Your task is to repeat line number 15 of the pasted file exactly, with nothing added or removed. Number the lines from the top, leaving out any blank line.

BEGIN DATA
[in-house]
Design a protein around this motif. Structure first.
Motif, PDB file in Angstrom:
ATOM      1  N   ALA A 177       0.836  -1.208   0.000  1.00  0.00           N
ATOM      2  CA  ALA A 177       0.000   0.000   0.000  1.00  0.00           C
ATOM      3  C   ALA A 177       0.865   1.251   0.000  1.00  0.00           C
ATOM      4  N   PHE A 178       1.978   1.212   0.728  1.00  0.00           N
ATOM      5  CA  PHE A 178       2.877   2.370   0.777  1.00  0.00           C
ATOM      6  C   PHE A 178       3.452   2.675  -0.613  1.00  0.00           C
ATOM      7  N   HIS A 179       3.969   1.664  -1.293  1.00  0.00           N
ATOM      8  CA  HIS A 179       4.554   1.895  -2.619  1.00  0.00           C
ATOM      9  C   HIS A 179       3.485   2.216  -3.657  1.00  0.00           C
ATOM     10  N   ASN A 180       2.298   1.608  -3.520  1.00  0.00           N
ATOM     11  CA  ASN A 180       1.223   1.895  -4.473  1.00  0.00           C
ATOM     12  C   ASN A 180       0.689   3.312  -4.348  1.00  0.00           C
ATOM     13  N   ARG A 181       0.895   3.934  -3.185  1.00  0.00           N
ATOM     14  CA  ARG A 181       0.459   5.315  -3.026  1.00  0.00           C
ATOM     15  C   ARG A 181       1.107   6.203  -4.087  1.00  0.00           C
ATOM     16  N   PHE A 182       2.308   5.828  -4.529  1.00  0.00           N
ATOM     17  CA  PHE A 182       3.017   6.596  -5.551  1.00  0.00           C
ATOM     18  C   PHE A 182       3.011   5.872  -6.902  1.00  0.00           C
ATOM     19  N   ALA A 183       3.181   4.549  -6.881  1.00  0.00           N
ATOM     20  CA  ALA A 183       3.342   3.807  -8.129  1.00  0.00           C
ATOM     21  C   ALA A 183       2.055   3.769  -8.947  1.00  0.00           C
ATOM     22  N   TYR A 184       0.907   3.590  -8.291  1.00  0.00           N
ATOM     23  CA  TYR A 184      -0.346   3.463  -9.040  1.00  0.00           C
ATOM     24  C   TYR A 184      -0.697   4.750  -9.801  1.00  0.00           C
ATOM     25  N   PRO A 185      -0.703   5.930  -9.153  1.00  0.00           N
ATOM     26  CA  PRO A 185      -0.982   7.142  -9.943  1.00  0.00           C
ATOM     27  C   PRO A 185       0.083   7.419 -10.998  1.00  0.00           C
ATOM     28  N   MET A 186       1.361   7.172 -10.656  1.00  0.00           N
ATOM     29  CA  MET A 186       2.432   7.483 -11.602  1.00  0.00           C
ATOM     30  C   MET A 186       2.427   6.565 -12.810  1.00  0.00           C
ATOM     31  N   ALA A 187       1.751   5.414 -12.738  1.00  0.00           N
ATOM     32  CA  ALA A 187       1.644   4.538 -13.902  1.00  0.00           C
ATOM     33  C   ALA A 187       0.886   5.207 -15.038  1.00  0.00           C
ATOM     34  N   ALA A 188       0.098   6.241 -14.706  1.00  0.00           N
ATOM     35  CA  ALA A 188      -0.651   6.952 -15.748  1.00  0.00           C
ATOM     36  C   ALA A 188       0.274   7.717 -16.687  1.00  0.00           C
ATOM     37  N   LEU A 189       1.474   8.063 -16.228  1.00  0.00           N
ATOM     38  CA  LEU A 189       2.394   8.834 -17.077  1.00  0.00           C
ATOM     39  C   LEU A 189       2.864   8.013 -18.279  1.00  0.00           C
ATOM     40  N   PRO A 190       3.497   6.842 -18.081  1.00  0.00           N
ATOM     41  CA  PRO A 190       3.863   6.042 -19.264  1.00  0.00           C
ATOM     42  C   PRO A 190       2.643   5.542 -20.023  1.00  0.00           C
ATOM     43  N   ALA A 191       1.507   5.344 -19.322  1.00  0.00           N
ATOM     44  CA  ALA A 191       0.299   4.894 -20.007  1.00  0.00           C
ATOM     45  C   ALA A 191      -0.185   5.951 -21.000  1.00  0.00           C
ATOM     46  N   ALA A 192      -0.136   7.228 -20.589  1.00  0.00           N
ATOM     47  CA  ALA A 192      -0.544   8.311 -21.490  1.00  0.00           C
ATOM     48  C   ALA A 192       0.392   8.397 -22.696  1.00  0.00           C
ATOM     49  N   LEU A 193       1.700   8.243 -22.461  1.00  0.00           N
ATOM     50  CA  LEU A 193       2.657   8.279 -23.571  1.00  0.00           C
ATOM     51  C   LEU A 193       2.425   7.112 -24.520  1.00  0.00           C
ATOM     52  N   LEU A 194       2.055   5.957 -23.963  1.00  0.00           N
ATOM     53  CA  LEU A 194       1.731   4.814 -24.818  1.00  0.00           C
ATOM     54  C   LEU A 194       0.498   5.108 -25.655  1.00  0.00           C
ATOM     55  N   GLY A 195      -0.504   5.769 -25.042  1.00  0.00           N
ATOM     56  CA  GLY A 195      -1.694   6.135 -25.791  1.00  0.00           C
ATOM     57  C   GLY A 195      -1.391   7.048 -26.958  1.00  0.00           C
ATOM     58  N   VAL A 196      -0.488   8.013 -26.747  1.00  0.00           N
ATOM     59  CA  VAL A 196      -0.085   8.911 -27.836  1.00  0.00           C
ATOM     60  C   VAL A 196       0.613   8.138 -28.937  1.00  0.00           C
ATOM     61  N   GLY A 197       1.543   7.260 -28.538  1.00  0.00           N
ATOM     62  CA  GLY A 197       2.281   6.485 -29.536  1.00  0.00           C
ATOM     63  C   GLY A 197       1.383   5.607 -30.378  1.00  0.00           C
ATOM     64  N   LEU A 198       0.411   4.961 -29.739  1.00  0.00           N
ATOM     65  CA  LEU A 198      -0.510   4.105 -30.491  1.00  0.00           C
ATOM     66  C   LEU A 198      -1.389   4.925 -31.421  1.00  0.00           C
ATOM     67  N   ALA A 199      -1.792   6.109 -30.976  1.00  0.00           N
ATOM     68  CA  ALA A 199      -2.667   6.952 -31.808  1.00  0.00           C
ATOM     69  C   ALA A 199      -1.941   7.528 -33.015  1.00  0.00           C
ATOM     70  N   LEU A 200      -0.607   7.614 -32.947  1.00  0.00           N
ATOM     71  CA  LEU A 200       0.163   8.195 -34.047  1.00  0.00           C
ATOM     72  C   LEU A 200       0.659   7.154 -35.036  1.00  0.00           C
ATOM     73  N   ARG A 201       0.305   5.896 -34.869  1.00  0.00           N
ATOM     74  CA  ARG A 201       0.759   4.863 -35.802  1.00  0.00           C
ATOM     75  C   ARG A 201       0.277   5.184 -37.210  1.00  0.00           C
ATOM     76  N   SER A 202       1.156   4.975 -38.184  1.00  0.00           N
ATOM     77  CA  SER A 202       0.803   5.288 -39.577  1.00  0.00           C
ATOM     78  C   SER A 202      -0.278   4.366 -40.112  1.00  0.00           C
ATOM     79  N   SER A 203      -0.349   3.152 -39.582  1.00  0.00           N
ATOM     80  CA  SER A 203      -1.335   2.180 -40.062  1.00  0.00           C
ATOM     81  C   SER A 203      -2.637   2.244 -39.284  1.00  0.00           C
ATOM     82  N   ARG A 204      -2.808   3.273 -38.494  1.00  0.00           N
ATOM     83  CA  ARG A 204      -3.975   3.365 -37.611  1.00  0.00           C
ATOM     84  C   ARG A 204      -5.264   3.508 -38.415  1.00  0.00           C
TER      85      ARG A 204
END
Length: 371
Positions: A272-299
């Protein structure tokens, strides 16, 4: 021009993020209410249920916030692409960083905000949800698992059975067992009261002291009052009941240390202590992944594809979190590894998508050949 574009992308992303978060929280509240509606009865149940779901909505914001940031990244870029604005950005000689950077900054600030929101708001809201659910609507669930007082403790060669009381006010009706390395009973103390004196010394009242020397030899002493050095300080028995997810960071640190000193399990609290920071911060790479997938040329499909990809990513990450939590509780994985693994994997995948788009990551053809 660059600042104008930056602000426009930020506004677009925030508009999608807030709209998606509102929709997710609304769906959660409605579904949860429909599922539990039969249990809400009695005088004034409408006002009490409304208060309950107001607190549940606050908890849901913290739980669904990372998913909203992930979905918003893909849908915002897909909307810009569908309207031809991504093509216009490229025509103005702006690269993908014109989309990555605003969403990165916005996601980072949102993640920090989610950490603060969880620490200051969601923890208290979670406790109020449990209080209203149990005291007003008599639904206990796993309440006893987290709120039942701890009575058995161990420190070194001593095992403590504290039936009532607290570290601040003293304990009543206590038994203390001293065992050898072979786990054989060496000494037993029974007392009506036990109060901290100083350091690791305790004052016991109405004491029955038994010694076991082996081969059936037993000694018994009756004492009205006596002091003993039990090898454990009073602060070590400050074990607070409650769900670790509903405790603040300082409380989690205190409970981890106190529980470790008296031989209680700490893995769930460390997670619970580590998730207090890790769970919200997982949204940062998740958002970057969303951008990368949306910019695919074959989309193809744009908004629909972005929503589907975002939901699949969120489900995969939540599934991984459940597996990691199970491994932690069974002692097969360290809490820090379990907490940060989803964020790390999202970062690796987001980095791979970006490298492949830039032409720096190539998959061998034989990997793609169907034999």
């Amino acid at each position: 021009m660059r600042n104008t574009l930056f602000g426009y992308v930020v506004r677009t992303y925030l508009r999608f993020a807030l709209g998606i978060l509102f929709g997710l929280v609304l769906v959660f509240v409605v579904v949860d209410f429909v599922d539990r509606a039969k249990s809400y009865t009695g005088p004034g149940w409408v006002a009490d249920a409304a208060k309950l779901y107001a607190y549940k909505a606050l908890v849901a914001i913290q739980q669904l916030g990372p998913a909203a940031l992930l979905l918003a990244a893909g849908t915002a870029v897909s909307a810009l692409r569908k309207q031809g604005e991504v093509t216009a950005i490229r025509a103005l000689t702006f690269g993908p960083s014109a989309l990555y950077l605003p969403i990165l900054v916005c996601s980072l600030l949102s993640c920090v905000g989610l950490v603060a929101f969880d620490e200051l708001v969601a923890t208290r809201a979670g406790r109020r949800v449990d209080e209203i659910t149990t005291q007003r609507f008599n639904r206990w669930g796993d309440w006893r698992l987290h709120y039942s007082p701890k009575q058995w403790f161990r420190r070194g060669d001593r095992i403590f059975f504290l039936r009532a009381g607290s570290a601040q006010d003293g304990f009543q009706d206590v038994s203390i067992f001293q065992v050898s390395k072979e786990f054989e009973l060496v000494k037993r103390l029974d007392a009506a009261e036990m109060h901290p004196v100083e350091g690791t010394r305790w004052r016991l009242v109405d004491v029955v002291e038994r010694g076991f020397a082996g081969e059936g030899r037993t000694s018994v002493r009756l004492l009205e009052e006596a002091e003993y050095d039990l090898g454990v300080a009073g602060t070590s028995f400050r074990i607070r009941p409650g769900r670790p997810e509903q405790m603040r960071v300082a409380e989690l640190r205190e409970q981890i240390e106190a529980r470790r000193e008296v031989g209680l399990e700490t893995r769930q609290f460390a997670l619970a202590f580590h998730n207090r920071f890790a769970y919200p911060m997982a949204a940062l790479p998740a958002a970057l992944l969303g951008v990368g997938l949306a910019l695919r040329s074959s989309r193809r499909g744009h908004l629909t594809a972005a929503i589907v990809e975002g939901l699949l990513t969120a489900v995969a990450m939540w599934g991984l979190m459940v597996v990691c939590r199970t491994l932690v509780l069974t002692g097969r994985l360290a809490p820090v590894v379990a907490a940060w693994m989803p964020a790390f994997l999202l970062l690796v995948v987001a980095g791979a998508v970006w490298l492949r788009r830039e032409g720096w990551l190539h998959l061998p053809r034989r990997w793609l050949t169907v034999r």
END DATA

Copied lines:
ATOM     12  C   ASN A 180       0.689   3.312  -4.348  1.00  0.00           C